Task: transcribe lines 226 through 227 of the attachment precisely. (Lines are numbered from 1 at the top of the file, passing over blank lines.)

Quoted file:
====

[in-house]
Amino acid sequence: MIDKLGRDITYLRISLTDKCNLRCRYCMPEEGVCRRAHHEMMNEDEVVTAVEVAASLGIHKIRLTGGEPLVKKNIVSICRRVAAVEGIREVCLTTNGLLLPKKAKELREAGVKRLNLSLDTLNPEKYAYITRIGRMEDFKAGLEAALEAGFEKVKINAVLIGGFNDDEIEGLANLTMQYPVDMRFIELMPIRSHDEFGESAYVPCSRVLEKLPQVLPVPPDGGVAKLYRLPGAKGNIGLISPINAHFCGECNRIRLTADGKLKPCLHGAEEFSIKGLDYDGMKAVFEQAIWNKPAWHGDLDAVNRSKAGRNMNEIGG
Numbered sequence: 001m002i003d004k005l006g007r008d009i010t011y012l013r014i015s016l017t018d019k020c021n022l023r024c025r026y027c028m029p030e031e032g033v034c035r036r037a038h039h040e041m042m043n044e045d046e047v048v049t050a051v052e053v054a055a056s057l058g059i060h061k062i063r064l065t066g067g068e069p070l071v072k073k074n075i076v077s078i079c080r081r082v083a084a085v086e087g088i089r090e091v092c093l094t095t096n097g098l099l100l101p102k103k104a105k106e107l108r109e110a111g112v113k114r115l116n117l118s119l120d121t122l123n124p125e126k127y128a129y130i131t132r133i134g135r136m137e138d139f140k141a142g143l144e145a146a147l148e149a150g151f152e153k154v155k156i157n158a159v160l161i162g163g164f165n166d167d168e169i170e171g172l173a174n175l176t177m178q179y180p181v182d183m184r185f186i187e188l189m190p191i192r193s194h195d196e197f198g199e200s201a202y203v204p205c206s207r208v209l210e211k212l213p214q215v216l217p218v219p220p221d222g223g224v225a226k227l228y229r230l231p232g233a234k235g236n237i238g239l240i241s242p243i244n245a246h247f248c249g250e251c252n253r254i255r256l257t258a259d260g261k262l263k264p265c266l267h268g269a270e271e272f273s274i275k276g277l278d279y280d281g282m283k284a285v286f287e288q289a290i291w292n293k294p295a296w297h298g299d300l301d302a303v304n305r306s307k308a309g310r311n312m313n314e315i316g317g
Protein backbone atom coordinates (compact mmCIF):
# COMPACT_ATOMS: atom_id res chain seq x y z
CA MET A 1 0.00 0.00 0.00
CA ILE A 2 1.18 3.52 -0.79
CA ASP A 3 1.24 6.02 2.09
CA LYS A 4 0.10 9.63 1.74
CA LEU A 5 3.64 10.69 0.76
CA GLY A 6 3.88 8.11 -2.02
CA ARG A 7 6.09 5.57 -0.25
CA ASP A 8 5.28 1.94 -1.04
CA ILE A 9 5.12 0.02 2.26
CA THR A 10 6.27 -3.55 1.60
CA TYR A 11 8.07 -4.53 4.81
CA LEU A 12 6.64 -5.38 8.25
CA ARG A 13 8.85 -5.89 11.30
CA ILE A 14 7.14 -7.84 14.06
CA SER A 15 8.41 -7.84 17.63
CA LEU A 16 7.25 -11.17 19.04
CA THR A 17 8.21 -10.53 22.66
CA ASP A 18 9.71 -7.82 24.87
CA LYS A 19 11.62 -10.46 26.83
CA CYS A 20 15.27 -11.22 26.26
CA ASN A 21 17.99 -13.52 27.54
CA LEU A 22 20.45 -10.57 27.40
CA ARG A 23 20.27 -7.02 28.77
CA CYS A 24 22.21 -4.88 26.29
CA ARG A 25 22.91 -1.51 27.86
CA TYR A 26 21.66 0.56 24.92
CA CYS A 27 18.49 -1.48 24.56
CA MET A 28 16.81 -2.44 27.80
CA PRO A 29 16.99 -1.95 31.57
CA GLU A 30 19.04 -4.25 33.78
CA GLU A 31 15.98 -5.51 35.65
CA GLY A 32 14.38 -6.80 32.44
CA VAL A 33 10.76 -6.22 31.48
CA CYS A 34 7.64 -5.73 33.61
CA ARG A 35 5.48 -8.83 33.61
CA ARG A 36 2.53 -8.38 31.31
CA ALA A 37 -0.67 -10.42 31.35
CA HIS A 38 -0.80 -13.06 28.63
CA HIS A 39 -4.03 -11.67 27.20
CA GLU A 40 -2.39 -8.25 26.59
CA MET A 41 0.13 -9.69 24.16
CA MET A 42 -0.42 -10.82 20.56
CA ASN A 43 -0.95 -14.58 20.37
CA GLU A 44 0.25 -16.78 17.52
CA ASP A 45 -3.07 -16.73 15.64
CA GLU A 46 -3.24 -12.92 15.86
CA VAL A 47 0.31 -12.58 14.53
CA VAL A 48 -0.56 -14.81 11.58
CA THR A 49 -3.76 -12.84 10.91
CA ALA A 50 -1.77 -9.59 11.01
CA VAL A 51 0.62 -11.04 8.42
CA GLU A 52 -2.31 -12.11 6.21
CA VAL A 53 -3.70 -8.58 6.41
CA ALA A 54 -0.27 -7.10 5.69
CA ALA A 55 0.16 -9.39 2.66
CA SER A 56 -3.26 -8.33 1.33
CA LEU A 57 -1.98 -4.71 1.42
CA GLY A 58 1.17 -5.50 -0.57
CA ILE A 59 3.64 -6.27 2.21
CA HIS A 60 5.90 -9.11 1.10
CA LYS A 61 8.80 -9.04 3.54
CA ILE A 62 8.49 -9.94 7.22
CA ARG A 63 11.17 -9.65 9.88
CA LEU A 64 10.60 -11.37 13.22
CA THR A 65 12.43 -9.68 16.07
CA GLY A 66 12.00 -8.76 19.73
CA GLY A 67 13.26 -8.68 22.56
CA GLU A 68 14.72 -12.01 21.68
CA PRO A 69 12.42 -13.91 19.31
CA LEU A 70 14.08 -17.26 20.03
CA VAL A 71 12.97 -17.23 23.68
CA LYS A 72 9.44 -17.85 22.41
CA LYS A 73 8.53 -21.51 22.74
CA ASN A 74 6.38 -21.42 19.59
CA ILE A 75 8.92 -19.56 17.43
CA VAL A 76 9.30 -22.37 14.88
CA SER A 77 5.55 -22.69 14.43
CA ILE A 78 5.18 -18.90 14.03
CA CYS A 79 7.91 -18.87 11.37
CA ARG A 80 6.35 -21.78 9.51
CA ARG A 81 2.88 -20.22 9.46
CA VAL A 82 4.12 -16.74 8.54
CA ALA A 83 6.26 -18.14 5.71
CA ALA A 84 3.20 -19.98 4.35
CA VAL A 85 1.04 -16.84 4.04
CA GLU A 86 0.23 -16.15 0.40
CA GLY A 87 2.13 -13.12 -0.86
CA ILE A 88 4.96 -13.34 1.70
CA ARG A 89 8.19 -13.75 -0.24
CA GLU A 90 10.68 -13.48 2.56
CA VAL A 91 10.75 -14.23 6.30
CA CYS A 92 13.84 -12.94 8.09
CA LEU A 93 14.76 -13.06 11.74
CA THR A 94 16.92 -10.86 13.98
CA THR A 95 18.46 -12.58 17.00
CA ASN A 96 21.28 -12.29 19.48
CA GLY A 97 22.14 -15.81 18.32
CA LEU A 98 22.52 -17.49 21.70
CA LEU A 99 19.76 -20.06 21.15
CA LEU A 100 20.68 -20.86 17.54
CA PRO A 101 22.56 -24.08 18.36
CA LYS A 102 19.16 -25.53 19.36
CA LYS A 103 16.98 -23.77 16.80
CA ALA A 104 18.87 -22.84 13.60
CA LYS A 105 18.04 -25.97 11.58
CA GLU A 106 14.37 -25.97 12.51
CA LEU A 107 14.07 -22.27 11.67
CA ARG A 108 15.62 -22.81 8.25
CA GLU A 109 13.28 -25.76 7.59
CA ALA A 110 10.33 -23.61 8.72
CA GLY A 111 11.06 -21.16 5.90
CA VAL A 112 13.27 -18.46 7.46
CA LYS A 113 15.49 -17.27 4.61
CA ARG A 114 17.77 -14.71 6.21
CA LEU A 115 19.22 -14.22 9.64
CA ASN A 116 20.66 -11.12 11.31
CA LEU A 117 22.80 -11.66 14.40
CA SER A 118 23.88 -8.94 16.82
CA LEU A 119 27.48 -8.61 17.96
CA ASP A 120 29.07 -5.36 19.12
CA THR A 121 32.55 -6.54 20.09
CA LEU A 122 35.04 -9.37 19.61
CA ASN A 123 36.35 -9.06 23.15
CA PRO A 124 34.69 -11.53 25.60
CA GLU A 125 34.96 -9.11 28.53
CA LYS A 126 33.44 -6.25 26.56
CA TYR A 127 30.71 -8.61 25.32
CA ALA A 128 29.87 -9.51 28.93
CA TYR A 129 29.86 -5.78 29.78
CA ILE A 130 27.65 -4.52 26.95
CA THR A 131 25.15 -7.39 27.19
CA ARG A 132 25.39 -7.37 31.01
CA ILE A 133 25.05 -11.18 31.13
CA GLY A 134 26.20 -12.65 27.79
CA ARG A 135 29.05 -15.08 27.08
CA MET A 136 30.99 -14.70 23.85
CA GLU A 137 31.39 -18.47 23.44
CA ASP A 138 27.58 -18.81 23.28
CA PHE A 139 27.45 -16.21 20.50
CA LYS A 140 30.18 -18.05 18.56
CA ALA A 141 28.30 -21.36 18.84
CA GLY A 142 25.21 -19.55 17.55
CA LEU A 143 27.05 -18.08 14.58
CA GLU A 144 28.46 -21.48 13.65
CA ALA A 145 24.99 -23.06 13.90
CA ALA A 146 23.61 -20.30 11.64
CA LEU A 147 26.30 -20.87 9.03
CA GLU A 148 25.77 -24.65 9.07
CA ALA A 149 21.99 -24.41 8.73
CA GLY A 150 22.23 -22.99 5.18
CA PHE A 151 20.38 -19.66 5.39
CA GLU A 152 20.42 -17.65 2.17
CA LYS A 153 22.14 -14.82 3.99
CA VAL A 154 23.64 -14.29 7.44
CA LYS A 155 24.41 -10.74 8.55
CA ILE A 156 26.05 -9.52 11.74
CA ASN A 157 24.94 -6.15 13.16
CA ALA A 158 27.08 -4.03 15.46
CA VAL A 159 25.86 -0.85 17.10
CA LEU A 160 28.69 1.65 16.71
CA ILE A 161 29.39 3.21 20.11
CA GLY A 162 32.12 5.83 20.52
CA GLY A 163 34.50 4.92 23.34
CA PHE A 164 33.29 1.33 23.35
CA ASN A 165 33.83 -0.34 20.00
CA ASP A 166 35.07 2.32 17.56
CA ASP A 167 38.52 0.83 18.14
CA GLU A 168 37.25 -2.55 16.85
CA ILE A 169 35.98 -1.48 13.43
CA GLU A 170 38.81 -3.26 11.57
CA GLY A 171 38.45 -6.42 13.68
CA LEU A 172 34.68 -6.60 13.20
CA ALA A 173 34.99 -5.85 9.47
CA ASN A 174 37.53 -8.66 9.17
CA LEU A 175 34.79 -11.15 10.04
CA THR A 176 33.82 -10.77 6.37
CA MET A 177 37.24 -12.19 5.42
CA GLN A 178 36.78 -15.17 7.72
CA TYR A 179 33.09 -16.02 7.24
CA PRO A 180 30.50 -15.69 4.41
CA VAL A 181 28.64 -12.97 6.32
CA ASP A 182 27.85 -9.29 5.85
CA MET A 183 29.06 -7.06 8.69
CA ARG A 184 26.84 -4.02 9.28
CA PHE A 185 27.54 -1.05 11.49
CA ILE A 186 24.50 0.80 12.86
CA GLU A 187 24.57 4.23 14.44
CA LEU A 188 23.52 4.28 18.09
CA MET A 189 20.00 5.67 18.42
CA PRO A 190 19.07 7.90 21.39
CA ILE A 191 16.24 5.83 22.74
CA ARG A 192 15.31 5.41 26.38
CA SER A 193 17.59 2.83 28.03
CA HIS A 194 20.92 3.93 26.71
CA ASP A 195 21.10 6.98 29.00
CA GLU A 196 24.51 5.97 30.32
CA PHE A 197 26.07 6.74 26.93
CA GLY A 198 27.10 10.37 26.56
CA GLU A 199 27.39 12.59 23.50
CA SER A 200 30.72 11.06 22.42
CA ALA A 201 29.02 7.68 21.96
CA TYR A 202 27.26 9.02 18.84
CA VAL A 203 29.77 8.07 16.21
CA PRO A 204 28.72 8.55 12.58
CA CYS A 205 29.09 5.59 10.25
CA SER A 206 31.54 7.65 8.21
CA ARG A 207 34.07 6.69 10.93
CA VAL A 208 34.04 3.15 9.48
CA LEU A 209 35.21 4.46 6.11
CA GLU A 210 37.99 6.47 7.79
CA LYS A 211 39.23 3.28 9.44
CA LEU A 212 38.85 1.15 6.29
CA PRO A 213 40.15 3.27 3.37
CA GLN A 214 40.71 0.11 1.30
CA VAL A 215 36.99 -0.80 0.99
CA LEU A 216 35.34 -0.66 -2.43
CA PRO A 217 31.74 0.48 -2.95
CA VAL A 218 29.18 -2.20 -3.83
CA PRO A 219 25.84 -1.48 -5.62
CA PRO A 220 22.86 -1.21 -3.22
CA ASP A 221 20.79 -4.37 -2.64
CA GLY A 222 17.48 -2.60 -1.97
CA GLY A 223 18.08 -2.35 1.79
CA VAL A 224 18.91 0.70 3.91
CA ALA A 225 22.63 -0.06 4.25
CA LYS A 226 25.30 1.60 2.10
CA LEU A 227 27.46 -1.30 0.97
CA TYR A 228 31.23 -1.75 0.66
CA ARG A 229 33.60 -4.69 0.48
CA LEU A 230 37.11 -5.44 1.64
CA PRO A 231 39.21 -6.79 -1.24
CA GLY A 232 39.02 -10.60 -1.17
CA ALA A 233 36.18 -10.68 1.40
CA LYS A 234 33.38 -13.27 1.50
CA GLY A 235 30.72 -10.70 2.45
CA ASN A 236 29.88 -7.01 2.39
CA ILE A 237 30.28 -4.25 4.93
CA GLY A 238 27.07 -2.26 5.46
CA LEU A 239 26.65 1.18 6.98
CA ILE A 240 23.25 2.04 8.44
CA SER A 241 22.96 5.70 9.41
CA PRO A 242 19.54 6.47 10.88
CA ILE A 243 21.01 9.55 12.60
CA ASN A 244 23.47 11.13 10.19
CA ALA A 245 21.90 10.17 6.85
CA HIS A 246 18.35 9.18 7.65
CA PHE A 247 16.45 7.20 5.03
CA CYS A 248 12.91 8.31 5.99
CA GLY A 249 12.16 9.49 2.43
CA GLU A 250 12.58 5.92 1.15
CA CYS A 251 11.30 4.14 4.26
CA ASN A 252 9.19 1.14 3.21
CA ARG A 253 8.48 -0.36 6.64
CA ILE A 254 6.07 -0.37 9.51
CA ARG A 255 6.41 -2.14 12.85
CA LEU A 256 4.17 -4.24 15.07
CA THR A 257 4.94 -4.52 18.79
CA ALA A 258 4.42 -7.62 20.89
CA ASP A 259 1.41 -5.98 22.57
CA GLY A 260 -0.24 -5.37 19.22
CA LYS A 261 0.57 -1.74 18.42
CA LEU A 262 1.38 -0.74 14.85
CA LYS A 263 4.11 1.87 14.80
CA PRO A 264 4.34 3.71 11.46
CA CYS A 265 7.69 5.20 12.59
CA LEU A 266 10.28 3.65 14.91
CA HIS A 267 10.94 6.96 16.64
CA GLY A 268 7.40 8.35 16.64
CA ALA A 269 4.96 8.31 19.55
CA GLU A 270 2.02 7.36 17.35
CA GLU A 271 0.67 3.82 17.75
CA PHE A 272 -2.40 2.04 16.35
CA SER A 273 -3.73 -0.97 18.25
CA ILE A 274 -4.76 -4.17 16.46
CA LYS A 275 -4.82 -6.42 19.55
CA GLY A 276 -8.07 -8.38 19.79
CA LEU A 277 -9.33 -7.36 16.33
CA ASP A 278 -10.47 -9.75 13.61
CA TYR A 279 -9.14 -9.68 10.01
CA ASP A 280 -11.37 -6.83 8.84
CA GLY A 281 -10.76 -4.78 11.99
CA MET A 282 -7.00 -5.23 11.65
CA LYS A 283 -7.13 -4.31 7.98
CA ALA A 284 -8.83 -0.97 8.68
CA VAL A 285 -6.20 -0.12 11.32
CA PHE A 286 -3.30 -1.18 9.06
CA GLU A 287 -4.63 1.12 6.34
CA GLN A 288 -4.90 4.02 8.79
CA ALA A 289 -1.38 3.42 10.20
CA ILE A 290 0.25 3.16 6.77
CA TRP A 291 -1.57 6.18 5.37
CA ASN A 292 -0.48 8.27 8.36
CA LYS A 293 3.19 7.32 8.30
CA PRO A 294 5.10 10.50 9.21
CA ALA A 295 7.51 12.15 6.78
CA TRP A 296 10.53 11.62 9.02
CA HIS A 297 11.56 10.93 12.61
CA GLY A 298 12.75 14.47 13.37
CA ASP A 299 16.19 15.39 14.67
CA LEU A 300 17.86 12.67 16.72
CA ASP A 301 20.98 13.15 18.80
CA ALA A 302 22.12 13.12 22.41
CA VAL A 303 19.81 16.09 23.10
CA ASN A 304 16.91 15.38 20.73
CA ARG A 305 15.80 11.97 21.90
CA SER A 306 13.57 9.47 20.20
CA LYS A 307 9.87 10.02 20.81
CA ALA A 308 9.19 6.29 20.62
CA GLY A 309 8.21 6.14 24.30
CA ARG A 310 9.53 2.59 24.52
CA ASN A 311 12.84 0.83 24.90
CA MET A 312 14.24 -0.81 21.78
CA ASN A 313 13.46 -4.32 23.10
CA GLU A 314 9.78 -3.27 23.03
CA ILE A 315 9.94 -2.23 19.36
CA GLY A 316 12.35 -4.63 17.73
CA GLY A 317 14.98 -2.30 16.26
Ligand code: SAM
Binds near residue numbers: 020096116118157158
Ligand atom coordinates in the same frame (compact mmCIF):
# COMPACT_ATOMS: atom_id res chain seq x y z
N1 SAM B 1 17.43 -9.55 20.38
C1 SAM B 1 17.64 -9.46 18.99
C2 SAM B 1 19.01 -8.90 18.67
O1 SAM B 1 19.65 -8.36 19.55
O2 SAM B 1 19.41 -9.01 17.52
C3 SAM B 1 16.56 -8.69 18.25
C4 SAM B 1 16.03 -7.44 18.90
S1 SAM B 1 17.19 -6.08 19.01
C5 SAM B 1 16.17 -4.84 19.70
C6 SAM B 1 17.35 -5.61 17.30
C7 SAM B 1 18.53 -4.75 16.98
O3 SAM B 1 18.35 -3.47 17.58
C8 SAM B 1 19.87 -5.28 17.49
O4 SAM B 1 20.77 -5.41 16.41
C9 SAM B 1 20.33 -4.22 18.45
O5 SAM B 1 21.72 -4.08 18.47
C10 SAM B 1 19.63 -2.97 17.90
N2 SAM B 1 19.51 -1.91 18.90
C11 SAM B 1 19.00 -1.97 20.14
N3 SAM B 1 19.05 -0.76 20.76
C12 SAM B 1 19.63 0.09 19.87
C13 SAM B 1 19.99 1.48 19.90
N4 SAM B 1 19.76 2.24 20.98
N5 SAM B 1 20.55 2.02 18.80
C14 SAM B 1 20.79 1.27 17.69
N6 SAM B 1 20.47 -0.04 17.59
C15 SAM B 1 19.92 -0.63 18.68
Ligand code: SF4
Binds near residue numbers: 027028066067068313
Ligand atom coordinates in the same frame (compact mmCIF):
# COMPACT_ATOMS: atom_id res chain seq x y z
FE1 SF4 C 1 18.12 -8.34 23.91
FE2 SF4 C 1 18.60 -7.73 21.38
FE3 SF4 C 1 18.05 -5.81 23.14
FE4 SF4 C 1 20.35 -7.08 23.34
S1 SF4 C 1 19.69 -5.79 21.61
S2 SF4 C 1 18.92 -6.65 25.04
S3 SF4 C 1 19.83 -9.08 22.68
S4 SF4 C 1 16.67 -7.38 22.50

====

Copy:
CA ASP A 221 20.79 -4.37 -2.64
CA GLY A 222 17.48 -2.60 -1.97